Resurgence of the viral liver disease is linked to drug use and homelessness.
By Brett Walton, Circle of Blue
Measles is not the only preventable disease on the rise in the United States. There was an “alarming increase” in the number of hepatitis A cases in the country in the last three years, according to a Centers for Disease Control and Prevention report.
The number of cases soared to more than 15,000 nationwide in 2016 through 2018, up from 4,410 in the previous three-year period. Eighteen states registered a decline in the number of cases, but in nine states, the number rose by more than 500 percent.
The resurgence of the viral liver disease, which had declined significantly since the mid-1990s, is attributable in large part to drug use and people experiencing homelessness, according to the CDC.
Monique Foster, a CDC epidemiologist, told Circle of Blue that unsanitary living conditions are a factor in transmitting the hepatitis A virus, but it is difficult to say how large a role a lack of toilet and hand-washing access has played nationally. One way the virus is spread is when an unvaccinated person ingests trace amounts of feces from an infected person, or from contaminated food or water.
States with the highest percentage increase mirror those in which opioid drug use or homelessness are most prevalent: Appalachia, California, and the Midwest. An ongoing outbreak in southeastern Michigan, centered on the Detroit metropolitan area, has infected 913 people and killed 28.
San Diego County experienced one of the largest hepatitis A outbreaks in recent years. Between March 2017, when the rise in illnesses was first noticed, and January 2018, when it was controlled, health officials recorded 592 hepatitis A cases in San Diego County and 20 deaths from the disease.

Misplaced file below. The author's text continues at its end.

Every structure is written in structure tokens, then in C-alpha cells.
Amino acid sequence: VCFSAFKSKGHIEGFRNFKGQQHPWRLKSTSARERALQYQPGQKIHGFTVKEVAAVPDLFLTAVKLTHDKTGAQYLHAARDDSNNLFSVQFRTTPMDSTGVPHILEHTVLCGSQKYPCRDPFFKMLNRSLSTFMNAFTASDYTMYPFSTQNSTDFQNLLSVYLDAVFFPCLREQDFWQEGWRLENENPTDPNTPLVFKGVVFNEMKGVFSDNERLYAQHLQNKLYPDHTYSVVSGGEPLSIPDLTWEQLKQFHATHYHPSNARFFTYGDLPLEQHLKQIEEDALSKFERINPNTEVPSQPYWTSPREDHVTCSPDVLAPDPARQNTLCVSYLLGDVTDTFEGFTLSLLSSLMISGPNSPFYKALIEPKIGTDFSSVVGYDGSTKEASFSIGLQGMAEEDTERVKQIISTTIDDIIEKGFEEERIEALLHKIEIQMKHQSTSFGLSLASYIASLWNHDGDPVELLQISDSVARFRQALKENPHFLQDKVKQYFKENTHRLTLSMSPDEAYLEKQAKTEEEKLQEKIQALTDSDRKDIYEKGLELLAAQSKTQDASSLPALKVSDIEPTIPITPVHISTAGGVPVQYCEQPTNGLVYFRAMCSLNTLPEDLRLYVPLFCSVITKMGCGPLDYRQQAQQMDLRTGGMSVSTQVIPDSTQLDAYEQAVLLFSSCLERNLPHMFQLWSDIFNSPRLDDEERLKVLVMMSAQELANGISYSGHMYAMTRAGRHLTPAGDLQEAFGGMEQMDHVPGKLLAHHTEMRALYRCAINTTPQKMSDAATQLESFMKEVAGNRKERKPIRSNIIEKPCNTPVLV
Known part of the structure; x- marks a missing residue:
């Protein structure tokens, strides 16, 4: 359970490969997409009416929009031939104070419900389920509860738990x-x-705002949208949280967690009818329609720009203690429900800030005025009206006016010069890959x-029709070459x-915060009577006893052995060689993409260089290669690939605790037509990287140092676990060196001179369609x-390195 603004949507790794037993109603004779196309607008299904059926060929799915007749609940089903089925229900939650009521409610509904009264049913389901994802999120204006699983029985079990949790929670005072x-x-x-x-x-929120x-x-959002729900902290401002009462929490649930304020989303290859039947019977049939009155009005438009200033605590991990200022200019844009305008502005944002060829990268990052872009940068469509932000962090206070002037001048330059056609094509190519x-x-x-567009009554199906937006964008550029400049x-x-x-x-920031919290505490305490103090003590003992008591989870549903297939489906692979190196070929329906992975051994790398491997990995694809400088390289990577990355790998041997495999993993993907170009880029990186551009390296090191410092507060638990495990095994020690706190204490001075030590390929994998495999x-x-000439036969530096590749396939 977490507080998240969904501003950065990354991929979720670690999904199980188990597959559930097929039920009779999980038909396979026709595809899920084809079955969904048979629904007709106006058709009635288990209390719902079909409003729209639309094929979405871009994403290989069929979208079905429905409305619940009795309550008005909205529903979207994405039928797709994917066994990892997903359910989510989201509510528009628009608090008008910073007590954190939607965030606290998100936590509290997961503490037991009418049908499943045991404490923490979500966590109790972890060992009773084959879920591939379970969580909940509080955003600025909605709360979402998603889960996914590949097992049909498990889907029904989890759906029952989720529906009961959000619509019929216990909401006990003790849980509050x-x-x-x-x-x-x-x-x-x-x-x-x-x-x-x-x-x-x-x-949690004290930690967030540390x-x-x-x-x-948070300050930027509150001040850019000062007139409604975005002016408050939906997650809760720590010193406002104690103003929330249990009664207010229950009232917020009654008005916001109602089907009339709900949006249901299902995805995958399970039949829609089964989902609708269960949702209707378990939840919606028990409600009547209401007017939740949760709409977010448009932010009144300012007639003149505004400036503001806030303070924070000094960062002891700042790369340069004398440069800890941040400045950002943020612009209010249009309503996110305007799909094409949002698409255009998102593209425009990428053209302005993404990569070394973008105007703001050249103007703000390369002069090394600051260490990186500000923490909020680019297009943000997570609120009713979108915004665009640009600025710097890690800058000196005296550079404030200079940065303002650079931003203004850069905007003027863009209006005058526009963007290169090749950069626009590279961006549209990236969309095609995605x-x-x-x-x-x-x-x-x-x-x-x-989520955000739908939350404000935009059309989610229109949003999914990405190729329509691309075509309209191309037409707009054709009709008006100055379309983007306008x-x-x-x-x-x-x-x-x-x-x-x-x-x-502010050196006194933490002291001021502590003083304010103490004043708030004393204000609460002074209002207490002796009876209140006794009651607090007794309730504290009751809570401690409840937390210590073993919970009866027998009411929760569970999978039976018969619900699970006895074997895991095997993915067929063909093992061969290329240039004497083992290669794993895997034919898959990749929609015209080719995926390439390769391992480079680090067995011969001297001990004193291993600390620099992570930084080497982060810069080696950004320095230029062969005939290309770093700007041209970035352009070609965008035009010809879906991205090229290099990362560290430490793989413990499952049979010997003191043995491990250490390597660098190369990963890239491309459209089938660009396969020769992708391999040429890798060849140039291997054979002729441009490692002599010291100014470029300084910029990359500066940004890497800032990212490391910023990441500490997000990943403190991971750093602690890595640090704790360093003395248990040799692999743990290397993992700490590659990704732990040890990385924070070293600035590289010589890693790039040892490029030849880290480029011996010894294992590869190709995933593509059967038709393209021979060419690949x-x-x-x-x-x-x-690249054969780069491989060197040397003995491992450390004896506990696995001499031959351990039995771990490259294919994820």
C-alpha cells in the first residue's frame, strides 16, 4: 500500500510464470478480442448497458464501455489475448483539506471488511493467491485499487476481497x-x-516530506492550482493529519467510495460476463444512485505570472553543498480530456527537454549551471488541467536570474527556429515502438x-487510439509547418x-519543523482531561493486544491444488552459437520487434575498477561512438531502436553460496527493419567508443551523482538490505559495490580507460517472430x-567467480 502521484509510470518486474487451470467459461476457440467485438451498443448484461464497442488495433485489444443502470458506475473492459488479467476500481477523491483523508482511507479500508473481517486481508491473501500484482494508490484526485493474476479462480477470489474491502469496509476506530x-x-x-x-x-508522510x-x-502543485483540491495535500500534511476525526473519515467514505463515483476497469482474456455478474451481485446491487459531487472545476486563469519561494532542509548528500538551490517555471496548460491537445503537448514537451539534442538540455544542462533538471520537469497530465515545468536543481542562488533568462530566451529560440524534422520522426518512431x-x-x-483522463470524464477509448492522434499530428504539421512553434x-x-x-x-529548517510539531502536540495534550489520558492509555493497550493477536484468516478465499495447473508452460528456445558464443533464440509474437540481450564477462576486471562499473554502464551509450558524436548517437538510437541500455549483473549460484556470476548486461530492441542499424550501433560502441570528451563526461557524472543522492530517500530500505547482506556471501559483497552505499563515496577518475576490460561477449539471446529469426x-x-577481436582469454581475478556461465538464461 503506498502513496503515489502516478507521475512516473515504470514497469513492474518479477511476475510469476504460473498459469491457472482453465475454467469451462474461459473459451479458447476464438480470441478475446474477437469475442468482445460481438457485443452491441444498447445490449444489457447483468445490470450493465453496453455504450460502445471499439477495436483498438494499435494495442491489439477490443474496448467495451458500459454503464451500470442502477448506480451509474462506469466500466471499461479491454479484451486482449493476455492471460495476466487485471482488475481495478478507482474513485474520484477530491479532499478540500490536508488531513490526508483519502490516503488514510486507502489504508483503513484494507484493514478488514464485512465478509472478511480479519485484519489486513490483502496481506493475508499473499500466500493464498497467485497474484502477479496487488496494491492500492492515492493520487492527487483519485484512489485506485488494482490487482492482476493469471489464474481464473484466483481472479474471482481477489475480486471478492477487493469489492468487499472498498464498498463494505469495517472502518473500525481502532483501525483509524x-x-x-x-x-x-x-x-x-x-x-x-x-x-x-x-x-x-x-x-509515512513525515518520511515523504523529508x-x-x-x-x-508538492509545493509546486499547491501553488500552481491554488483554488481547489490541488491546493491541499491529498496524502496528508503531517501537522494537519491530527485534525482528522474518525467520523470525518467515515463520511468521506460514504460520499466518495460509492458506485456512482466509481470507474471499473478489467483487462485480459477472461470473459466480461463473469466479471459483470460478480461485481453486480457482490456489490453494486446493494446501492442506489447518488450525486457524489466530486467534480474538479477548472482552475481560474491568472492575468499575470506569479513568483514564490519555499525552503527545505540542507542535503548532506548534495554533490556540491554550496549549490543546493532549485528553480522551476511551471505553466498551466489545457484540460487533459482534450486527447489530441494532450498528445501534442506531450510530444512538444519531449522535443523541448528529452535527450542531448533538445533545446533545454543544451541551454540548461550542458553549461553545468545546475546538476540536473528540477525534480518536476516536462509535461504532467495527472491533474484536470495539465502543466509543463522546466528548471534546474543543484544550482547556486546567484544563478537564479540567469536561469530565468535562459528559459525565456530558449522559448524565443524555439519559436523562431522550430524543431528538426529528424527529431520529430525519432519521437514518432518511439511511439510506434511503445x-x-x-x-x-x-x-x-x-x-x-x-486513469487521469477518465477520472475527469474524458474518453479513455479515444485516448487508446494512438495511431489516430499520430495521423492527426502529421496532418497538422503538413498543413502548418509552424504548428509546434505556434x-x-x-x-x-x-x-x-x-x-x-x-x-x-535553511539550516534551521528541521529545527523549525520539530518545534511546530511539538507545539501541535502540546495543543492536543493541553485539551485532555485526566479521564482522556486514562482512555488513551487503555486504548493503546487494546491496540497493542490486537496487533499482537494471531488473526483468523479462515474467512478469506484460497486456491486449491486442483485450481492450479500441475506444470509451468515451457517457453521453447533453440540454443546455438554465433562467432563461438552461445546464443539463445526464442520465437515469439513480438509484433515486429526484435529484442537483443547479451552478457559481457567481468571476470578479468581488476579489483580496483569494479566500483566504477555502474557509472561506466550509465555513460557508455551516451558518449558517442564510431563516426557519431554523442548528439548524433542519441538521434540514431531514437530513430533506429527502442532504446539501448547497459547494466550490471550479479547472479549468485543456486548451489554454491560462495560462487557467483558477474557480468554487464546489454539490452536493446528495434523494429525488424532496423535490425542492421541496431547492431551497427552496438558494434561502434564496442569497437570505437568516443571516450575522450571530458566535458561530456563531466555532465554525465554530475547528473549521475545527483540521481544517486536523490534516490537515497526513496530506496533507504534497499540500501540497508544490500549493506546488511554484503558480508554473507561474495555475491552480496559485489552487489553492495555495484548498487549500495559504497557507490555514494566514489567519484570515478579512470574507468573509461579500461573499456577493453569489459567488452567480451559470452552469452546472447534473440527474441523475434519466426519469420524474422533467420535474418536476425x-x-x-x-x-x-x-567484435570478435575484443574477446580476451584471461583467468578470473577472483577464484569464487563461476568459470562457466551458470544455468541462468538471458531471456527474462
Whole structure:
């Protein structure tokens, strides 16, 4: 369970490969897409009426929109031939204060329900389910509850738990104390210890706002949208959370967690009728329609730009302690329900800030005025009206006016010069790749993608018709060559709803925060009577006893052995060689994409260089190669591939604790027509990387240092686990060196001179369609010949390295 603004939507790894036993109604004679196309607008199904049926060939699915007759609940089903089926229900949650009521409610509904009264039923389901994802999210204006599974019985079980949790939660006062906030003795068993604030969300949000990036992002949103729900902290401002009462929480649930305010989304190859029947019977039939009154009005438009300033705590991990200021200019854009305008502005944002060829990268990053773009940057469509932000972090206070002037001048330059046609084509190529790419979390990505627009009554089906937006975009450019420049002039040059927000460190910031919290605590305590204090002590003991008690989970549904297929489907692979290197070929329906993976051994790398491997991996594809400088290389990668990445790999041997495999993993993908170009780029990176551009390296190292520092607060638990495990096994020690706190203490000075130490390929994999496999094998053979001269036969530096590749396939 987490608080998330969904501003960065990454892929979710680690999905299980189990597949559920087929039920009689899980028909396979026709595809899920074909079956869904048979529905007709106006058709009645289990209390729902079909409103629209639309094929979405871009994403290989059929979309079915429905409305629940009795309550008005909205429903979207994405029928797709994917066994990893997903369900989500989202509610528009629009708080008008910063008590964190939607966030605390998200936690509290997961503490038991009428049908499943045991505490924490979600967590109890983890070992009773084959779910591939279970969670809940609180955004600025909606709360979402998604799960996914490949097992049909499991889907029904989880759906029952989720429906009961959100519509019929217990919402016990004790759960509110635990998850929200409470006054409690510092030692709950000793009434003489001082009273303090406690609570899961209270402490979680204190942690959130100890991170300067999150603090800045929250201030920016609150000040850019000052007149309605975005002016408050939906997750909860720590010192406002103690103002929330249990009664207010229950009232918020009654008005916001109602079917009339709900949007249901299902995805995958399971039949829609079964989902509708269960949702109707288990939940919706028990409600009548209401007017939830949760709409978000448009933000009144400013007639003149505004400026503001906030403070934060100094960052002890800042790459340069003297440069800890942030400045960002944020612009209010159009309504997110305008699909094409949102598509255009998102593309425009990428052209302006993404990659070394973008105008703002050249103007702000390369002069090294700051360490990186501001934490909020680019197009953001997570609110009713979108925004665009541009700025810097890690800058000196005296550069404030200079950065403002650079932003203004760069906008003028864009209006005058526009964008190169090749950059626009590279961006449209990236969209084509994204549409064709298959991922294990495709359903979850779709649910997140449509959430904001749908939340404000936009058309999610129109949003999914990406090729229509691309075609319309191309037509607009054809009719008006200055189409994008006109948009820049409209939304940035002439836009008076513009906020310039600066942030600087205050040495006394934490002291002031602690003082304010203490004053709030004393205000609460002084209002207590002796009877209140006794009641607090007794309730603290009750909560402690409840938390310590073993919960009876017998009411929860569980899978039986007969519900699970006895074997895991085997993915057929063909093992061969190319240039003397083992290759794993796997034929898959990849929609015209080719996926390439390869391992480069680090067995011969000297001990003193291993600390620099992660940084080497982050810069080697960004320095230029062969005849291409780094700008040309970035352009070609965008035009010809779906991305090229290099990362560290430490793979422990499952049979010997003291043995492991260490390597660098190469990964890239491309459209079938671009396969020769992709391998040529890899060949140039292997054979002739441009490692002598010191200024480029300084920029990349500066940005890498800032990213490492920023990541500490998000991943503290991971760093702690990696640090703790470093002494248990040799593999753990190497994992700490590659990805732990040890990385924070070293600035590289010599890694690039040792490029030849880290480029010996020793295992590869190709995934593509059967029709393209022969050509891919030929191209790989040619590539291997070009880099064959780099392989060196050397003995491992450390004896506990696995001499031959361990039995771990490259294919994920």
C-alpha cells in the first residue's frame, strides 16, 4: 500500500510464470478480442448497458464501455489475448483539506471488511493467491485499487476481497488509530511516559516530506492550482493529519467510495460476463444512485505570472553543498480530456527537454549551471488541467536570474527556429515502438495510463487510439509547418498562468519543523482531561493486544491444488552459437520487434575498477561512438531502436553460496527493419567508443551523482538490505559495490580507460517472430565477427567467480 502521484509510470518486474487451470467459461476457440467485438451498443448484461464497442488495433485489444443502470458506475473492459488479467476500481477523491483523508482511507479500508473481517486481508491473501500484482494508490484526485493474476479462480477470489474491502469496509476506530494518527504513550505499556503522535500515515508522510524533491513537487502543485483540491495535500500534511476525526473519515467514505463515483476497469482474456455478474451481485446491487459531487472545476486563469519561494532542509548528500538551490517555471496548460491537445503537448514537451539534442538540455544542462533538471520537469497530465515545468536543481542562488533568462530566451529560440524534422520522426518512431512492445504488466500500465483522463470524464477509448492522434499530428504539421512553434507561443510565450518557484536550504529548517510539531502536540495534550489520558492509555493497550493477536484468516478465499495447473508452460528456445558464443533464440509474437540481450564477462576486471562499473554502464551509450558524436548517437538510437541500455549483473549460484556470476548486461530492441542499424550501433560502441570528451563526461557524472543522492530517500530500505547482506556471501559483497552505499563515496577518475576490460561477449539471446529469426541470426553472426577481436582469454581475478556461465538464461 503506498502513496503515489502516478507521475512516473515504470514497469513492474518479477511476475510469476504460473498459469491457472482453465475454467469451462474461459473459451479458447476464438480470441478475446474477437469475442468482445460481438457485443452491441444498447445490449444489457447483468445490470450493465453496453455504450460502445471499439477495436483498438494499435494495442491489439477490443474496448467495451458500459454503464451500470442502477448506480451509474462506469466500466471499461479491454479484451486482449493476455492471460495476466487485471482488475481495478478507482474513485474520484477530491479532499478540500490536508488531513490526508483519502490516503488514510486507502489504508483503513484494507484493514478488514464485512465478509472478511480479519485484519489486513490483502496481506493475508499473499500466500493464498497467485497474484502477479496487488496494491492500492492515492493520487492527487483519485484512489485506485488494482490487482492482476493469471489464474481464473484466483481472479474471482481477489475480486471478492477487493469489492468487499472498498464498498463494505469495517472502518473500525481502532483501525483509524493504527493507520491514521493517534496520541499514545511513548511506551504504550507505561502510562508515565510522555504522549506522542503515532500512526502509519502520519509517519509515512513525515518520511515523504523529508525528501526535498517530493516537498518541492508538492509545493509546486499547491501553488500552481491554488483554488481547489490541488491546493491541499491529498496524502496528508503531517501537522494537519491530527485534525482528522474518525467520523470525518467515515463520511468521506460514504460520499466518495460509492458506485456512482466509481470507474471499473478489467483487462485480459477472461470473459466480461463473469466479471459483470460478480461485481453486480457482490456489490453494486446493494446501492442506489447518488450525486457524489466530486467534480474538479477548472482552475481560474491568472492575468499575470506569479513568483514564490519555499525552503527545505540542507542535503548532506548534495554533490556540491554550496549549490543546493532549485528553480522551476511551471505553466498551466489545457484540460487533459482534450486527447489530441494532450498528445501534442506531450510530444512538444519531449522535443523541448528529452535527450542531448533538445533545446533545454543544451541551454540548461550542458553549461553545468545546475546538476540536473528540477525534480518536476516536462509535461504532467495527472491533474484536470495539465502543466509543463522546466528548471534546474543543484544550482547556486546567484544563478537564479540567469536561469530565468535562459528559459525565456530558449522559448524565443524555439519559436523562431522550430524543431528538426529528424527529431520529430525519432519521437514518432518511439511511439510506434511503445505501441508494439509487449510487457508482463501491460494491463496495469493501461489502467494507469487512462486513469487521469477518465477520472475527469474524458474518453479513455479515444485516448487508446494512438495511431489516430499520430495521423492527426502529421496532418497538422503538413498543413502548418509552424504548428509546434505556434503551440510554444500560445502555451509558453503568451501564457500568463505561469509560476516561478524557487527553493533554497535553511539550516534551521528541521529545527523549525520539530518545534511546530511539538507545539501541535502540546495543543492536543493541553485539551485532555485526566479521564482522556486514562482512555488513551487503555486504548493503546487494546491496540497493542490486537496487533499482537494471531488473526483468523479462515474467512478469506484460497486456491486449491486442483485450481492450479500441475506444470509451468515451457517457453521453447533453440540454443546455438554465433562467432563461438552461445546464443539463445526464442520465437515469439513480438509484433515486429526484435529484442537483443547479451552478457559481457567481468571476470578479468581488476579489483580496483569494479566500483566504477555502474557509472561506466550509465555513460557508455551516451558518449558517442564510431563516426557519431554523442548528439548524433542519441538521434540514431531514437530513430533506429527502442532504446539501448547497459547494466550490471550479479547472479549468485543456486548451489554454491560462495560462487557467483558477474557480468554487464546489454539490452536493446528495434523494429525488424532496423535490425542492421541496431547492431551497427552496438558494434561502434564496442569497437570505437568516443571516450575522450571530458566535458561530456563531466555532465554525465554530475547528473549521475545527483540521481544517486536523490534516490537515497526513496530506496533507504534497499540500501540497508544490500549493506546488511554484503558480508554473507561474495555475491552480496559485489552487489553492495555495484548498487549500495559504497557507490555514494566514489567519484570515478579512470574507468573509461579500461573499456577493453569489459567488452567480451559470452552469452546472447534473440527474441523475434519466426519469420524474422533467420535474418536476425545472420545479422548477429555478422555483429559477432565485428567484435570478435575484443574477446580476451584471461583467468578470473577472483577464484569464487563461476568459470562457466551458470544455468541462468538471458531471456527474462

County health officials and city agencies commanded an arsenal of responses. They disinfected sidewalks with bleach, posted the locations and operating hours of public toilets, and set up mobile hand-washing stations. They also vaccinated more than 212,000 people, sending nurses into ravines, urban camps, and river beds to “meet people where they were,” said Wilma Wooten, the San Diego County public health officer.
Wooten told Circle of Blue that San Diego officials had to overcome initial resistance to the vaccination campaign. They couldn’t force people to get the shot, and some in the at-risk population thought the needles were a government conspiracy. Going into the field with trusted partners who worked with people experiencing homelessness helped to surmount those hurdles of suspicion, Wooten said.
Foster reiterated the important of vaccines. “Vaccination is the most powerful tool we have to stop these outbreaks now and prevent similar ones in the future,” she said. “CDC is encouraging health departments in affected areas to vaccinate people who report substance use and people experiencing homelessness.”
The introduction of the hepatitis A vaccine in 1995 returned immediate and consequential results: a 95 percent decline in the infection rate between 1996 and 2011.
Though vaccination was their core strategy, San Diego city and county officials fumbled in other areas, according to a California auditor’s assessment of the outbreak response. They could have acted sooner to improve sanitation for people experiencing homelessness, the report states.
“Despite conversations between the county and city as early as June 2017, neither began fully implementing measures related to hand-washing stations, public restroom access, and street sanitation until September 2017,” Elaine Howle, the state auditor, wrote.
In this respect, collaboration and coordination between local government jurisdictions is essential, Wooten said. The homeless population is mobile, viruses travel, and disease does not confine itself within political boundaries.
The health department in King County, Washington, home to Seattle, identified a hepatitis A case in April this year in a person experiencing homelessness. That person had spent time at locations throughout Seattle and the county.
Brett writes about agriculture, energy, infrastructure, and the politics and economics of water in the United States. He also writes the Federal Water Tap, Circle of Blue’s weekly digest of U.S. government water news. He is the winner of two Society of Environmental Journalists reporting awards, one of the top honors in American environmental journalism: first place for explanatory reporting for a series on septic system pollution in the United States(2016) and third place for beat reporting in a small market (2014). He received the Sierra Club’s Distinguished Service Award in 2018. Brett lives in Seattle, where he hikes the mountains and bakes pies. Contact Brett Walton